Then there's the back end, where safety Jessie Bates constitutes the biggest splash from free agency. Simply put, he's a game changer who makes everyone around him better. Richie Grant will certainty benefit from this upgrade which should help him build on progress he made in Year 2.
While we're not looking at cornerback here, it should be mentioned that the combination of A.J. Terrell, Jeff Okudah, Mike Hughes, draftee Clark Phillips III and incumbent depth makes the position strong by any measure and will improve pass defense overall when working with a truly fortified defensive interior.
Continuity up front
The Falcons offensive line has talent. There's little doubting that after what we saw the position group do last season. They have something else on their side: time. Continuity is king along the offensive front, where player do the monotonous repeatedly until the timing is perfect and impenetrable. Chemistry between Kaleb McGary and Chris Lindstrom, who are as in lockstep as any guard-tackle combo around. The more this group plays together, the better they'll get. And they're already starting from a good place. Some question marks remain about the left guard – is Matt Bergeron the guy? – but that's the only issue working from a position of real strength.
Off the EDGE
This issue isn't the four-alarm fire it used to be, not with Calais Campbell and Bud Dupree around. There's some new depth here as well that has remade the position group into a hulking mass seemingly preferred by new coordinator Ryan Nielsen. That includes third-round pick Zach Harris, an Ohio State product who is super talented but didn't produce a ton at the college level.
The major concerns: Campbell is in his upper 30s, the twilight of his career. Can he maintain stellar production? He never seems to tire, so that's possible, but it's tough to bank on him as a three-down player right now.
Dupree says he feels healthy as ever heading into the offseason program, but can he maintain that good feeling? Injuries have derailed his last two seasons. He can get back on track if he can avoid a third, but that remains a question mark.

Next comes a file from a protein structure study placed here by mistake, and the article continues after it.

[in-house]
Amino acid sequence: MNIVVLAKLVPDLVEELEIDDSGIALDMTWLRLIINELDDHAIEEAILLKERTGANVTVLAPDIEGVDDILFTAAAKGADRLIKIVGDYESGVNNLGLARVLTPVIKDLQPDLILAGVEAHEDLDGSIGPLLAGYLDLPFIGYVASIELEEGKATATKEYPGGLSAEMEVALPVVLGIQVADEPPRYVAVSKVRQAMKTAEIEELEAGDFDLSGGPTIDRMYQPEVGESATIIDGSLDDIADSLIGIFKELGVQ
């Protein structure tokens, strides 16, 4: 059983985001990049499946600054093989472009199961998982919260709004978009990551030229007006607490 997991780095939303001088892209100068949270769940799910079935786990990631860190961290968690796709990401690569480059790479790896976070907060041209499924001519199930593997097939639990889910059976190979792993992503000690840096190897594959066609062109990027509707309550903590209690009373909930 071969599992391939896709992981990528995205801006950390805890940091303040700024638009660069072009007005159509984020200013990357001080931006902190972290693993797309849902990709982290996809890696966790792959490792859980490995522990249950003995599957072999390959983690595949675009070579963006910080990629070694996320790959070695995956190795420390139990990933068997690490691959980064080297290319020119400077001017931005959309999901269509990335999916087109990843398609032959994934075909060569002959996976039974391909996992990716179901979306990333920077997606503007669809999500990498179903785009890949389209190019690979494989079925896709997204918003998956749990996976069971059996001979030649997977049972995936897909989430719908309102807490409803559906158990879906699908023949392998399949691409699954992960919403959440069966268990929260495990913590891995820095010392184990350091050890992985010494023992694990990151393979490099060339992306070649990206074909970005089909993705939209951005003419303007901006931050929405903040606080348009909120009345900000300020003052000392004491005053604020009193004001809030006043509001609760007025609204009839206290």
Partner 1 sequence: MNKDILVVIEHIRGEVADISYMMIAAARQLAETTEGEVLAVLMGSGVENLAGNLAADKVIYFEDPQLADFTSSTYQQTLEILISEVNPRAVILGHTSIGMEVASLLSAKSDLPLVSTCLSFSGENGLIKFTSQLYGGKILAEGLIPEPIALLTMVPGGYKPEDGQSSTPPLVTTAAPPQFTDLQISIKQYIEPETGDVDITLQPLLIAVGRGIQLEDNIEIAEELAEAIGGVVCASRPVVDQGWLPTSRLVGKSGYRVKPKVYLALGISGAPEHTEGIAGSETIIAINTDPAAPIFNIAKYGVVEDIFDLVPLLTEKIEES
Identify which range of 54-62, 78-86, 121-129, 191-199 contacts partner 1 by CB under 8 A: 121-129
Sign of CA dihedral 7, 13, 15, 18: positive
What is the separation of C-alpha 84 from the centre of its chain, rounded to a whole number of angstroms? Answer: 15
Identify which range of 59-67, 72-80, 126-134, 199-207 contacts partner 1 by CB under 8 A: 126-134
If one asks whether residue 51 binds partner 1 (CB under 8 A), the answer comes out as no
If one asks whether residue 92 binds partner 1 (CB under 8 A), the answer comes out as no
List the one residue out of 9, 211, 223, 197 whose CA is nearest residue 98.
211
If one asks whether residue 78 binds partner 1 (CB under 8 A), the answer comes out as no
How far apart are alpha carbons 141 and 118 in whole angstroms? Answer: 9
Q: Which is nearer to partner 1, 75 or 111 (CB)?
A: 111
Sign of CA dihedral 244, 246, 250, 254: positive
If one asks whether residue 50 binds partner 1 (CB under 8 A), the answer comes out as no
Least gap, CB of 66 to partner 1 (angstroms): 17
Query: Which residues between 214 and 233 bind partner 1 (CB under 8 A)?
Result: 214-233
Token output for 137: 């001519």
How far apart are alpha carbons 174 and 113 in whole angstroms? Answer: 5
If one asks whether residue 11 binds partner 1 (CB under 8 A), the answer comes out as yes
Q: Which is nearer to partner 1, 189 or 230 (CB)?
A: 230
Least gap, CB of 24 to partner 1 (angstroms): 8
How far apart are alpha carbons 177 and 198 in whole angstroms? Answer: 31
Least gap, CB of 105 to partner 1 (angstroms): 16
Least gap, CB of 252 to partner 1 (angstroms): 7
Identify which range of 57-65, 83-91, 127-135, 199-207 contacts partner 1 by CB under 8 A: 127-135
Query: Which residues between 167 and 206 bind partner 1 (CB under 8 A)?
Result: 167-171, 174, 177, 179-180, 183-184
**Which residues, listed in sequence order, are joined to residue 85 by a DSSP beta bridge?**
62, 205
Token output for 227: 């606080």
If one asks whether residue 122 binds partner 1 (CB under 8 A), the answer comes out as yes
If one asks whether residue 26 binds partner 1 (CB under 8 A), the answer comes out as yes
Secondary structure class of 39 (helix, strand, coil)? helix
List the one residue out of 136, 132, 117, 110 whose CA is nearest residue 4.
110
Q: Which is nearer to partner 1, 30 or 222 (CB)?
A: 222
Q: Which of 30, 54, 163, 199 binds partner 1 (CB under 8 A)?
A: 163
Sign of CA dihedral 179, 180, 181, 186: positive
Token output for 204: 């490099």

The Falcons could've used a top-tier edge rusher from the draft class but went with Robinson. Tough to blame them for that, considering Robinson's other worldly abilities.
It's also fair to wonder how relatively smaller edge rushers like Arnold Ebiketie and DeAngelo Malone, especially, fit into the scheme. What about Lorezno Carter? He was serviceable last year but not extraordinary. The Falcons should be able to bring heat on the inside and with creative linebacker blitzes. But, sometimes, you have to win rushing four. And that take steady pressure from the outside.
We saw Desmond Ridder do some good things during four starts last season. He's mobile. He's unafraid to let it rip. And in maybe his greatest strength for me, the dude's a gamer who shows well in big moments. Those traits, and his ability to avoid turnovers, gave the Falcons confidence to roll with Ridder in 2023.
We just don't know, however, how he'll fare over a full season. Can he handle NFL defenses adjusting to him? Can be consistent?
He's entering a good place with a real chance to succeed. Ridder has Smith calling plays. He has protection up front, with a strong run game at his back. And he has all these skill players to throw to. If he can facilitate well and put the Falcons in the right plays based upon his reads, the Falcons offense should be explosive. If he's giving the ball away and struggling to put the ball in the right spot at the right time, this offense will underachieve.
We can try to glean what we can from how the New Orleans Saints played defense to know how new defensive coordinator Ryan Nielsen will run the show, but it might not be apples to apples. Dennis Allen called plays in New Orleans, and while Nielsen put his stamp on the scheme and defensive line work up front, it will be interesting to see what flavor he puts on the Falcons' scheme.
The unknown could be an overall asset to the Falcons in the early going, as the NFL tries to figure out what Nielsen's all about as a play caller. He's widely respected for his previous work and should provide upgrades generating a pass rush with the talent he has on hand. How he'll use his talent, however, remains somewhat of a mystery until the games start to count this fall.
Take a closer look at the newest member of the 7 club, Bijan Robinson! Robinson was a first round draft pick for the Atlanta Falcons in the 2023 NFL Draft and will wear the number 7 jersey.